Hay: What's Going On?

By: Andrew Hobbs

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Hay baler sales are staying strong in a weak market, but Andrew Hobbs discovers much will depend on the season ahead

Hay: What's Going On?
Sales of square balers have been particularly strong, AgriView's Alan Kirsten says. Image courtesy Alamy.

 

A total of 835 hay balers were sold in 2018, a rise of 14 per cent on the 732 sold in 2017 (Source: AgriView)

 

There was one bright spot amid bleak conditions for machinery dealers in 2018, according to data produced by consultancy AgriView and released by the Tractor & Machinery Association earlier this year.

A total of 835 hay balers were sold in 2018, a rise of 14 per cent on 732 sold in 2017, while sales of hay tools including mowers, rakes, bale wrappers and forage mixers were also higher, up to 2,018 from 1,936 the previous year.

Agriview general manager Alan Kirsten tells tradefarmmachinery.com.au that the main driver of last year’s increase in sales was the large square baler market – producing bales that can be up to 3.2m long.

"That market usually goes in five-year cycles – where it does 200+ units one year and then it quietens down… but last year was the exception – and we had our fifth year in a row of 200+ sales of large square balers," he says.

In normal circumstances balers of this size are sold to people targeting the export market, Kirsten says, with the bales produced able to fit easily into a container and to be broken up
gradually.

"We found a lot of the increase in the sales was in broadacre areas, where they traditionally would never go," he says.

"That occurred because of the failed crops in the east coast, and with the shortage of fodder and the high cost of fodder, a lot of broadacre farmers went out and bought large square balers to go and harvest that failed crop."

Kirsten added that while sales of mowers, hay rakes and tedders were each between 6–10 per cent higher in 2018, there wasn’t much of a trend to report on – as most of the increases were in reasonable tolerances.

"With the actual shortages of hay and fodder over the last few years and the failure of last year’s crop, there was an opportunity to turn it into cash," he says.

"I am not talking hundreds, obviously, but it is now part of (broadacre farmers’) risk management program in terms of their machinery in the event of those failed crops that they can turn it into an income. While balers might be expensive they are not as expensive as a combine harvester, for example," he says.

 

Baler sales by baler type (Source: Agriview)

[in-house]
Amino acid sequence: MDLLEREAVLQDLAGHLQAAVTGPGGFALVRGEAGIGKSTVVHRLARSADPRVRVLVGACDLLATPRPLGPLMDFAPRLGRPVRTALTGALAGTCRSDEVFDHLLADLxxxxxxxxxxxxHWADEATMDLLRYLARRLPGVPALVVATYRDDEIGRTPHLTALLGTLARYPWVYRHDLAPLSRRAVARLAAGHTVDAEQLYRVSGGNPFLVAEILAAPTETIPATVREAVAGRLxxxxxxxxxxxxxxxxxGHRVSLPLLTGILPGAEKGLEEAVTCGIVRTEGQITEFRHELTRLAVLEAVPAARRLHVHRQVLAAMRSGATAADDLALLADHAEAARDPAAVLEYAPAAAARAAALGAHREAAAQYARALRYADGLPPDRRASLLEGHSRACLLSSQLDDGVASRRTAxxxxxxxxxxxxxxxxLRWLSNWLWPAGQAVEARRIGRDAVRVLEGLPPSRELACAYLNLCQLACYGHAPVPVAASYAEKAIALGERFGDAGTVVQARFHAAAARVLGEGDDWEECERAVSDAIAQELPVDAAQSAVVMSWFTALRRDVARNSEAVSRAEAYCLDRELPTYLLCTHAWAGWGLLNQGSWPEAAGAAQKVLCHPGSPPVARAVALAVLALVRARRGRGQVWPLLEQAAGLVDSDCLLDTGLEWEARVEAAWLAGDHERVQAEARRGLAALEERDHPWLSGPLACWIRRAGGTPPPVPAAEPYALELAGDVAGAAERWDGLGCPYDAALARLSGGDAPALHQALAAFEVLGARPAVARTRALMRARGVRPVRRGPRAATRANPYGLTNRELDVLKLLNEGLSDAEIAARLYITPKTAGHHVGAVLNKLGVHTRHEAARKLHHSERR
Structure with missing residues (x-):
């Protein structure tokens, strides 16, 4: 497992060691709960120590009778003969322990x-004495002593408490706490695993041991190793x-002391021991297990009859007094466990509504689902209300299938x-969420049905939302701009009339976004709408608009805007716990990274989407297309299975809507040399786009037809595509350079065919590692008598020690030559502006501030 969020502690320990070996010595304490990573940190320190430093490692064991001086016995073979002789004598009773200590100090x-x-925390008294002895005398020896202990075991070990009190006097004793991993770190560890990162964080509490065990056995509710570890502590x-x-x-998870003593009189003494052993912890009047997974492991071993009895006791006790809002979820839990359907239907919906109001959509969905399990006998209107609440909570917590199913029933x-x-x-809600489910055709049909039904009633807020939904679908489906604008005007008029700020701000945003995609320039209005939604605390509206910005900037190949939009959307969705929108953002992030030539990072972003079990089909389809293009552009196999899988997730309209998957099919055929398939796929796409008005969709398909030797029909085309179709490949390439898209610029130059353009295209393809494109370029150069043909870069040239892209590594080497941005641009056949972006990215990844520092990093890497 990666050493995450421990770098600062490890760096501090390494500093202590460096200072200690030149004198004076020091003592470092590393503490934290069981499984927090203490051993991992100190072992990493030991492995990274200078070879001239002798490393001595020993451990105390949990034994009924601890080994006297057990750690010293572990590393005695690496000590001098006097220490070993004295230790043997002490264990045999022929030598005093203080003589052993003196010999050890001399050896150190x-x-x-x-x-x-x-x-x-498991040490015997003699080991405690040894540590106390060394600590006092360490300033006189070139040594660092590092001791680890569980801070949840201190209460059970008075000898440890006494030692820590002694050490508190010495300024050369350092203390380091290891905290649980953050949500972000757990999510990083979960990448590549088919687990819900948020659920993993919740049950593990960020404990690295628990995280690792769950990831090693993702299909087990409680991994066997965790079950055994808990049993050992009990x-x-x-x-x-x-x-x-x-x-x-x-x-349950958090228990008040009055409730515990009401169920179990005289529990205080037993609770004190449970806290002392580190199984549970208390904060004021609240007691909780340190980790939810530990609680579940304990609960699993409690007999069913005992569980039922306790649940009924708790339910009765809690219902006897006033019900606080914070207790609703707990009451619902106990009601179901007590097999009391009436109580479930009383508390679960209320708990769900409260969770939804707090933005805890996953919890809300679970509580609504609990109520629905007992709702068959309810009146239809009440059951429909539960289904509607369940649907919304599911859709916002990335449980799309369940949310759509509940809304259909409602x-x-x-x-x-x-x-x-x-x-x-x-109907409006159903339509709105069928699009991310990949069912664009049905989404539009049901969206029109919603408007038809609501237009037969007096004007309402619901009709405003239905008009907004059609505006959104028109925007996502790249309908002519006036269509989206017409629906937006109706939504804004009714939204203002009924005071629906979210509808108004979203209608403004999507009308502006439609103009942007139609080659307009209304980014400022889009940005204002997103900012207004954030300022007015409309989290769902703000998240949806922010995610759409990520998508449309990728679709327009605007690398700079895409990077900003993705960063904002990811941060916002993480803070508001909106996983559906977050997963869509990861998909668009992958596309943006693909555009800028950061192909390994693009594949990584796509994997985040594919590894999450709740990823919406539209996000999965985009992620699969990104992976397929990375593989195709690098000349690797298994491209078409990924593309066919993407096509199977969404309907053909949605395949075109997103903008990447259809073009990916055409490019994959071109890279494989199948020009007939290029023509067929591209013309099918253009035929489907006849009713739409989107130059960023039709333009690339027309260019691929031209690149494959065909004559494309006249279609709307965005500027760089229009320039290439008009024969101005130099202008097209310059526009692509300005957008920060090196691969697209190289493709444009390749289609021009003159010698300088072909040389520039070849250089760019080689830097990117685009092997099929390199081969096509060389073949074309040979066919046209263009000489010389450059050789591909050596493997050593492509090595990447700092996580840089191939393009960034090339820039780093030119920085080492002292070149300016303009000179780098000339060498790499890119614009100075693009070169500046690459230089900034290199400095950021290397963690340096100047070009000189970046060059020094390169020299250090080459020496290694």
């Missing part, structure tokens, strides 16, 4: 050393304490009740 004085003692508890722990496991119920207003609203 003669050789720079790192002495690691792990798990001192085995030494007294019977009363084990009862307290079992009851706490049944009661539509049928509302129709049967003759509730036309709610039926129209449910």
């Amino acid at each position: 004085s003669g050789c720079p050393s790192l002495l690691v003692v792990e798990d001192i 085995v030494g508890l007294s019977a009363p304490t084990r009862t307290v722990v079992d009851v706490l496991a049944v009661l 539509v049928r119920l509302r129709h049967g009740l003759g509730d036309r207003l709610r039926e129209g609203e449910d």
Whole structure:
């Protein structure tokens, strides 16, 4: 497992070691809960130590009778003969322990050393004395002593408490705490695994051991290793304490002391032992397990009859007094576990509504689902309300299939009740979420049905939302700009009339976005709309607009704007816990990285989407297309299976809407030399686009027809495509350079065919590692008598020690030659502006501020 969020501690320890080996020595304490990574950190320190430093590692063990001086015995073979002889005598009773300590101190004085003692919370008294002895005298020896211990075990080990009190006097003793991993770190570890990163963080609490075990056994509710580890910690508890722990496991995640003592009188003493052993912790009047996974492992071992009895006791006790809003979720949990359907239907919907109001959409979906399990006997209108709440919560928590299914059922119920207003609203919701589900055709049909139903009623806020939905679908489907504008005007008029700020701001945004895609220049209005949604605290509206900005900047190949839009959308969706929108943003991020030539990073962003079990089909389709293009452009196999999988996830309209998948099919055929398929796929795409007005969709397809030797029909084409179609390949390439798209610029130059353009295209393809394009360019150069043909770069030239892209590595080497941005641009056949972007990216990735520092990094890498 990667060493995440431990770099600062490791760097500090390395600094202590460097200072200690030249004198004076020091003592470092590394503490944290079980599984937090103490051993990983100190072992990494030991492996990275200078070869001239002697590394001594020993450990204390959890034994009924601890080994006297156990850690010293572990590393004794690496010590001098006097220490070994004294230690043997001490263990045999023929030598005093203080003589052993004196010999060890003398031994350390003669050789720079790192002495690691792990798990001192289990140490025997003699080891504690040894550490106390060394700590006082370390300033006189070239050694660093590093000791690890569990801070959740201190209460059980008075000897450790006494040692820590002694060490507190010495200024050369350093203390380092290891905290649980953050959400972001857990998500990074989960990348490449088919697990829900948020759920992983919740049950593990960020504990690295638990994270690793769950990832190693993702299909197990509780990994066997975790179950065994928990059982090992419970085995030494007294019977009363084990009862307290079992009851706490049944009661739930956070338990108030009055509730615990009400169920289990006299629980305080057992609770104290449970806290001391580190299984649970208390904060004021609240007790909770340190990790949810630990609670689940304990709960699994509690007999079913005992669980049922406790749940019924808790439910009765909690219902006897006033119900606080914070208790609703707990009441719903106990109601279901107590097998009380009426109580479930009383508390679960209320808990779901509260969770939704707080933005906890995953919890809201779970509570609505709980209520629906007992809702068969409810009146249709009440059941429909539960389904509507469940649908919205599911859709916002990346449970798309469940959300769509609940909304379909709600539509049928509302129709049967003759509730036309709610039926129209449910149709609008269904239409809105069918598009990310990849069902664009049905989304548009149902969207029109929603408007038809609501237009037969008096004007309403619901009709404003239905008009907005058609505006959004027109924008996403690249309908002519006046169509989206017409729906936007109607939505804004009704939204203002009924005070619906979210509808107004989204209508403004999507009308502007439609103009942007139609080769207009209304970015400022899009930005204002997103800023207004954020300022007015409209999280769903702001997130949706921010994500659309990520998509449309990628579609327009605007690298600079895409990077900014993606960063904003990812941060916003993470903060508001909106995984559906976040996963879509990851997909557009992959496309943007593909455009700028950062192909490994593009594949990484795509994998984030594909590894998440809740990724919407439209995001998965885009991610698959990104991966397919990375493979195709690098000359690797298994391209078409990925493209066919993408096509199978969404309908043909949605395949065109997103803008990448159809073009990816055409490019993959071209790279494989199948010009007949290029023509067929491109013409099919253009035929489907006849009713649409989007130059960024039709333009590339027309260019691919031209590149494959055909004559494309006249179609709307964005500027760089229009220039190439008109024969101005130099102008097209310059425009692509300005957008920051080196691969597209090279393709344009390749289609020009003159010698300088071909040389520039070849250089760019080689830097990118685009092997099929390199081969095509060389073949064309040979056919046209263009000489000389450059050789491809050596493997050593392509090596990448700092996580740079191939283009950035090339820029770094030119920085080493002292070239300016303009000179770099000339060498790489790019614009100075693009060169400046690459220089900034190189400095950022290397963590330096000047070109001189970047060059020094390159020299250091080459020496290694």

Whether the big baler trend would continue will depend on the season, he adds, with high fodder prices likely to remain given what he says is a lack of supply reflected in hay prices.

The ABC reports pasture hay sold for as much as $450/tonne at clearance sales in South Australia in early June, well above what would normally be considered a good price of $150/tonne, and a price level that would go some way to compensate for any losses in a failed crop.

Data provided by AgriView to the TMA so far this year reveals that hay baler sales in the first five months of 2019 were 88 per cent higher than they were in 2018 – a trend he says is "completely off season".

"The majority of sales (normally) occur in the Spring, but they have lifted quite strongly in the first five months of the year because there quite simply is not enough fodder around the country," Kirsten says.


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The Australian Bureau of Agricultural and Resource Economics (ABARES) is predicting an increase in winter crop production of about 20 per cent to 36.4 million tonnes, with 19.6 million hectares planted across the country.

ABARES acting chief executive Peter Gooday says this increase reflects the decision to cut damaged crops for hay the previous year, adding that crops in South Australia, Victoria and southern New South Wales would be less reliant on winter rainfall due to above average rates in May.

"On the other hand, below average autumn rainfall and low soil moisture levels in Western Australia, northern New South Wales and Southern Queensland constrained planting and hampered early development of dry sown crops," he says.

"In order for crops in these regions to develop, they’ll need sufficient and timely winter rainfall.

"However, there remains a significant chance that most areas unlikely to exceed median rainfall will still receive enough to sustain crops that established successfully through until spring," he says.

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